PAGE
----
A Tokyo Studio Visit to the Third-Generation Metalsmith & Contemporary Artist
In the unassuming back streets of Aoyama, Tokyo’s luxury retail district, find metalsmith Koichi Io pensively working by his large, central studio table. With worn-in depressions and lacquer markings embedded across the timber, the table reveals the laborious skill required to create each of Koichi’s unique and one-of-a-kind works. As a contemporary artist, Koichi’s hand-battered metal works are akin to fluid forms found in nature. Whilst they may appear light and simple, they are the exact opposite — their arduous composition is only made possible by a trained hand and a wealth of generational knowledge.
At just 35 years of age, Koichi is the third generation of a family of traditional metal smiths, following his grandfather and father Kenji who had established the Aoyama studio now 40 years ago, and who also remain highly regarded for their metal artistry. In the second-floor workshop, Koichi sits alongside Kenji who continues to work to this day, and also shares the studio with his partner, contemporary jeweller Mariko Sumioka.
Surrounded by various hammers, tools and patination samples, Koichi’s pieces begins from a single sketch, often influenced by the neighborhood’s contemporary art and architecture that Koichi witnesses whilst on his way to the studio. Tokyo-based Champ Editor Joanna Kawecki met with Koichi at his Aoyama studio to get to know more about the intricacies of his craft and trajectory as a fine artist. For those who may be in London, his works are currently on view at the ‘Metalworking Now’ exhibition at the Victoria and Albert Museum.
Ala Champ: As a third-generation metalsmith, what sparked your initial interest towards continuing this craft and did you feel a responsibility of your family to continue the skill?
Koichi Io: My name Koichi (鉱一) means “first son of metalsmith”. My father and grandfather obviously had expectations, but I felt I didn’t see becoming a maker like them since I was a child. Of course, I always had the dilemma of how I could deal with all the remaining tools and studio if I didn’t [choose that path], but being in that circumstance was just too natural for me and I couldn’t feel any special encounter with a maker’s world. So initially, at art college my first Major was in Art Management and Administration. Yet even then, I didn’t imagine becoming a maker. I started my training after entering college and slowly started to be fascinated by this circumstance.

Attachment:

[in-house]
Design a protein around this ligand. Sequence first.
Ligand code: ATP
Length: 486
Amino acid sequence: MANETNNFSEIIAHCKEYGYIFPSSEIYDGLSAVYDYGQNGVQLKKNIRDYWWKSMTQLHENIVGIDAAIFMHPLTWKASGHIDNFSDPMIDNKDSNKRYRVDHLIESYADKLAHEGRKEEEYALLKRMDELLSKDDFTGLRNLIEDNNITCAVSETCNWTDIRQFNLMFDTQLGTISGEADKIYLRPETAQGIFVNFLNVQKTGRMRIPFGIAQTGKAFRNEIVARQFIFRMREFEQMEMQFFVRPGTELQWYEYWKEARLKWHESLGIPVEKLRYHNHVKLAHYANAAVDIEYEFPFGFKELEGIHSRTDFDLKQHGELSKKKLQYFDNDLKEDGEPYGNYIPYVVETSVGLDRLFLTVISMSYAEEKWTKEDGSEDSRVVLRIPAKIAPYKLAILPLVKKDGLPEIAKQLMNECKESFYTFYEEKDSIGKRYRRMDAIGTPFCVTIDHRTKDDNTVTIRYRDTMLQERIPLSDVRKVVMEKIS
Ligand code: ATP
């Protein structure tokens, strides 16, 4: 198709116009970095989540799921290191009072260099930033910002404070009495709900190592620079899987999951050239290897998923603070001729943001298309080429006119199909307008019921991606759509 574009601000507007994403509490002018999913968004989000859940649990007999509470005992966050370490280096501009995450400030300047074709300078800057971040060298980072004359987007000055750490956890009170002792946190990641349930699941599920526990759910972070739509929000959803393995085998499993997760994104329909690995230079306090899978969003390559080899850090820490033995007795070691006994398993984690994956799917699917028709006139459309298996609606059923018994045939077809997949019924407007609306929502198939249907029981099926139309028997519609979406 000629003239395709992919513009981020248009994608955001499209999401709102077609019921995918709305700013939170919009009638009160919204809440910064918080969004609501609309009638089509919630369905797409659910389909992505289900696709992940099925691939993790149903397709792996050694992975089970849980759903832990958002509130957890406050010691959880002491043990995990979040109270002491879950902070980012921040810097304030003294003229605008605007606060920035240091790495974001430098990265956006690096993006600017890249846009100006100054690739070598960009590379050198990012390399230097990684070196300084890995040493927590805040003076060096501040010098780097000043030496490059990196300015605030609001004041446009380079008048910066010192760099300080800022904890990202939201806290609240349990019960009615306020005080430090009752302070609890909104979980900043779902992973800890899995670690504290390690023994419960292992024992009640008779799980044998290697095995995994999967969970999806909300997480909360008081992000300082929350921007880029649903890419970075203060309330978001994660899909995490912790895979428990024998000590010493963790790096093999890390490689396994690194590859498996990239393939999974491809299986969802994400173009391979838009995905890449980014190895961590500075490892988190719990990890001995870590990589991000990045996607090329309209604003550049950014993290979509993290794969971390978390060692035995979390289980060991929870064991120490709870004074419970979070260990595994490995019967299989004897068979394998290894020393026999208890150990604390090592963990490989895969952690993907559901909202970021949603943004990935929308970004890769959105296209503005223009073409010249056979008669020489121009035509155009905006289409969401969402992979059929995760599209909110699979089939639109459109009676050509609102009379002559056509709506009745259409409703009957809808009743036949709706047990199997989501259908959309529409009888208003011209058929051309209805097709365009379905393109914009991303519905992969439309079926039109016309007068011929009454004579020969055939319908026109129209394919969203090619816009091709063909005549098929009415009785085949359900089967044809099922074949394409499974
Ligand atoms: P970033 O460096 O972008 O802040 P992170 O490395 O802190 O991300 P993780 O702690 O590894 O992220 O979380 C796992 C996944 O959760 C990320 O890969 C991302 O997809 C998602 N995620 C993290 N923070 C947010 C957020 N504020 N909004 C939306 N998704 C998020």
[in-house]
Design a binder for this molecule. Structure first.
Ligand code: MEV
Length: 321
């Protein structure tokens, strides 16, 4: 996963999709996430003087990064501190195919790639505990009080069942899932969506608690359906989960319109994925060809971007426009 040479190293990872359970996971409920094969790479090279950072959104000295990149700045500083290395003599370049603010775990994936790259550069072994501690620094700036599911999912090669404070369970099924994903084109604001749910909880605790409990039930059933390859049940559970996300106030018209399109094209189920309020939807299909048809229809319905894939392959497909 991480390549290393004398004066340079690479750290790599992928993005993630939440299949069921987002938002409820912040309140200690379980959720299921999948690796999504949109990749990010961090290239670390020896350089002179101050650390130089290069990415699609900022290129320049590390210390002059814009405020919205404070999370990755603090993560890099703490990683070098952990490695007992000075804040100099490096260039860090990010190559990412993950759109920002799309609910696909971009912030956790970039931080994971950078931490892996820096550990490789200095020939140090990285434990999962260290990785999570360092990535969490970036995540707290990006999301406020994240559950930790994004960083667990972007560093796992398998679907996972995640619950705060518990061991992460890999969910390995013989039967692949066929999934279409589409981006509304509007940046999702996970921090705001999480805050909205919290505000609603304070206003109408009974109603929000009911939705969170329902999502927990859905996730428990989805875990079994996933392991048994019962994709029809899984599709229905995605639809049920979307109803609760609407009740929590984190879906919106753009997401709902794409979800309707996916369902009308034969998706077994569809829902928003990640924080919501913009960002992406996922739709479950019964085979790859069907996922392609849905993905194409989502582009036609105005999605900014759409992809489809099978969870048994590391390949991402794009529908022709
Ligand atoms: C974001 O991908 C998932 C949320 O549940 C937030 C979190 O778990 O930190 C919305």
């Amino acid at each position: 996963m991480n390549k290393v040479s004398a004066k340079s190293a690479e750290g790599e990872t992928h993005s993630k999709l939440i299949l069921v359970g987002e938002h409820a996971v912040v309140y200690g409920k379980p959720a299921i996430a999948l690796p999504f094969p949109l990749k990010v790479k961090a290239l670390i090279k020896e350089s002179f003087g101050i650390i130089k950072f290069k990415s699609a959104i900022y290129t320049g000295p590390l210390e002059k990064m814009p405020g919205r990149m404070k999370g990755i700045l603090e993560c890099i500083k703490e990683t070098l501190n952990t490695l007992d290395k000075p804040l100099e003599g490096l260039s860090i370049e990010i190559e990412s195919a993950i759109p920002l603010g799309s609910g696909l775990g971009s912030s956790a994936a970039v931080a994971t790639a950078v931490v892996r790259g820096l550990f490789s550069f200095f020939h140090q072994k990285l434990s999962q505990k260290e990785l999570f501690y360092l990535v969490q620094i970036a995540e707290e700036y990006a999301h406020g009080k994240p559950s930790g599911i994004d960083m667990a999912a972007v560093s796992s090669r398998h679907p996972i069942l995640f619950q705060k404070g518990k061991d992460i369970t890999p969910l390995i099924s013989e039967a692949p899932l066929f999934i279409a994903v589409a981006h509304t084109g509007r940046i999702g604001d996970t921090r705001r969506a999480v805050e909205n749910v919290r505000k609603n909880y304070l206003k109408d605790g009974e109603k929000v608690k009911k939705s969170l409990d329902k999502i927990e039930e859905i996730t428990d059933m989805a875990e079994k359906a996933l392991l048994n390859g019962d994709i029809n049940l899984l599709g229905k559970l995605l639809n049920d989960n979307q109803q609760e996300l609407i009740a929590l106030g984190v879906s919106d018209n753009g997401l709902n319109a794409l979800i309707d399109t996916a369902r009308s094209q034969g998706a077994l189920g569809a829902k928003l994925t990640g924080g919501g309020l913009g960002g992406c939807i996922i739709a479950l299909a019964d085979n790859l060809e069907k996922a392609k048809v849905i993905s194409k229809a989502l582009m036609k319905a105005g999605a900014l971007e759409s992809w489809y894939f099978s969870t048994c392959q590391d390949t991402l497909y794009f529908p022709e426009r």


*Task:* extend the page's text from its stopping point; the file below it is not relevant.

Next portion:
We are currently standing in your studio in Aoyama in central Tokyo. How does being situated right in the heart of the city inspire you?
Aoyama is known as a fashion and design street where many flagship brands and galleries exist. I especially love both modern and contemporary architecture on my way to the studio. I adored the old Aoyama Dojunkai apartment and contemporary buildings by Toyo Ito, Kengo Kuma, Tadao Ando, and Herzog & de Meuron always inspire me. As [my father and I] have nothing to do with the regional craft industry, Aoyama is a place where we can work as individual artists.
Your handcrafted vessels are the result of laborious skill, yet have a harmonious, natural beauty. How do you determine the form you will create, or is it made spontaneously?
My biggest interest in working with sheet metal and hammer-raising methods is to see how metal changes form with the tools and my labour. And each metal shows me different faces which are also very exciting. I am always excited when I start new work like “what can I do with this material….” Before I start making, I do drawings and calculate the size of materials I need. I also make a paper gauge as a base form. However, these are not for making the exact form as I plan, but simply to visualize my idea to 3D image. The deep interaction between material, tools, and my conscious is more important after I start making. The resulting form is the consequence of negotiations between them.